Japan approved its largest ever Defence Budget for 2015

Jan 14, 2015 19:10 IST

The Cabinet of Japan headed by Prime Minister Shinzo Abe approved its largest ever defence budget for 2015 on 14 January 2015. The defence budget includes plan to buy surveillance aircraft, drones and F-35 fighter jets to help counter rising assertiveness of China.

The main aim of increasing the defence spending is to boost capacity of Japan to defend uninhabited islands in the East China Sea where Japan controls it and China also has been claiming the island.

Highlights of Defence Budget
• Japan endorsed a nearly 5 trillion yen (42 billion US dollars) defence budget for the year beginning in April 2015 as part of a record 96.3 trillion yen (814 billion US dollars) total budget.
• The defence budget is designed to achieve seamless and mobile defence capability that can respond to various contingencies.
• The budget will provide effective deterrence and contribute to stability in the Asia-Pacific region and improvement of the global security environment.
• The increase of defence budget mainly includes new equipment, including P-1 surveillance aircraft, F-35 fighter jets and amphibious vehicles for a new unit similar to the US Marine Corps.
• The budget also covers the cost of purchasing parts of Global Hawk drones, planned for deployment in 2019, two Aegis radar-equipped destroyers and missile defence system development with the US.

Why Defence Budget raised?
Chinese patrol boats often visit waters near the islands, which are known as the Senkakus in Japan and as the Diaoyu islands in China. To counter china, Japan revised the defence guidelines in 2013 and increased the defence budget.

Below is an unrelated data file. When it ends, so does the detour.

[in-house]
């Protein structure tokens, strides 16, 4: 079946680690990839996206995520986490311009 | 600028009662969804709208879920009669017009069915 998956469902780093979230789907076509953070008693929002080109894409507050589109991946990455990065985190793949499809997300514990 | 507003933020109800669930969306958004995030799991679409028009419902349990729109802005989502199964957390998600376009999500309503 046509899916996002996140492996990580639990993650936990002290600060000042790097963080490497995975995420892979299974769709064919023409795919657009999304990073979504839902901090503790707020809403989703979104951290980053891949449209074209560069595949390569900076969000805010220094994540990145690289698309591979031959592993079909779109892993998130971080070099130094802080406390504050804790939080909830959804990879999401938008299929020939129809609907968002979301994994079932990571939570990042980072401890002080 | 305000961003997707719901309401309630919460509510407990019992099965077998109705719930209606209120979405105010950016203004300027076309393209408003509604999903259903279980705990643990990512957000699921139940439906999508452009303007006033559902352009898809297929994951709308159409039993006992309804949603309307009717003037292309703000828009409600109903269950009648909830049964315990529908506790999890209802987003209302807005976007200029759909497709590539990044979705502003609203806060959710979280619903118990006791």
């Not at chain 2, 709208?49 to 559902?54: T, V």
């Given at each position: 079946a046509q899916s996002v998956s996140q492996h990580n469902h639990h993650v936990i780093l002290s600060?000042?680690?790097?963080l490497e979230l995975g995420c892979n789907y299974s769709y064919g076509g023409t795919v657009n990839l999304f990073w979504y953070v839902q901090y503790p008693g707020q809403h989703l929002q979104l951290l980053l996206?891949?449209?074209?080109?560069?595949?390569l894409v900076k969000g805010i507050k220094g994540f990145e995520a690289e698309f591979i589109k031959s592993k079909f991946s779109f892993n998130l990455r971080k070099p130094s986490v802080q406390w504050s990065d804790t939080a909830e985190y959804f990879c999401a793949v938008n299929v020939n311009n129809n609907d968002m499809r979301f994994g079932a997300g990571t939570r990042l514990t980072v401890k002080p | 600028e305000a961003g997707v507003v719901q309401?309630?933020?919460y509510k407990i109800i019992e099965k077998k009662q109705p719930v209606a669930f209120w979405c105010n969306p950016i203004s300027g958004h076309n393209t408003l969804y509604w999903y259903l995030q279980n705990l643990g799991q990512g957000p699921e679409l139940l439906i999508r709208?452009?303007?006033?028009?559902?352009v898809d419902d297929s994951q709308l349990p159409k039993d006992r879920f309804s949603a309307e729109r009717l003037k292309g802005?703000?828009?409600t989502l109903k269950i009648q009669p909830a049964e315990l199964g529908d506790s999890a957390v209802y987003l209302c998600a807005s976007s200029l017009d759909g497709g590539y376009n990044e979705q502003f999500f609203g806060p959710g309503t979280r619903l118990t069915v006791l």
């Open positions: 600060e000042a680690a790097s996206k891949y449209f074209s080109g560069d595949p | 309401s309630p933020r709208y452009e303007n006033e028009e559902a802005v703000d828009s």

Prime Minister favoured a stronger role of Japan military despite a commitment to pacifism enshrined in the US- inspired constitution drawn up after the Japan’s defeat in World War II.

The increase in Japan’s defence budget comes at a time when the economy of Japan is in recession. However, the Shinzo Abe government has forecasted growth at 1.5 percent for the financial year 2015, after an estimated 0.5 percent contraction in 2014.

Further, the population of Japan also is ageing quickly raising the welfare cost and social security spending.
Also, the debt of Japan is the highest, proportionately, among industrialized countries.
Thus, Japan must tread a fine line between spending enough to support economic growth and defence and slowing the rise in debt of Japan.

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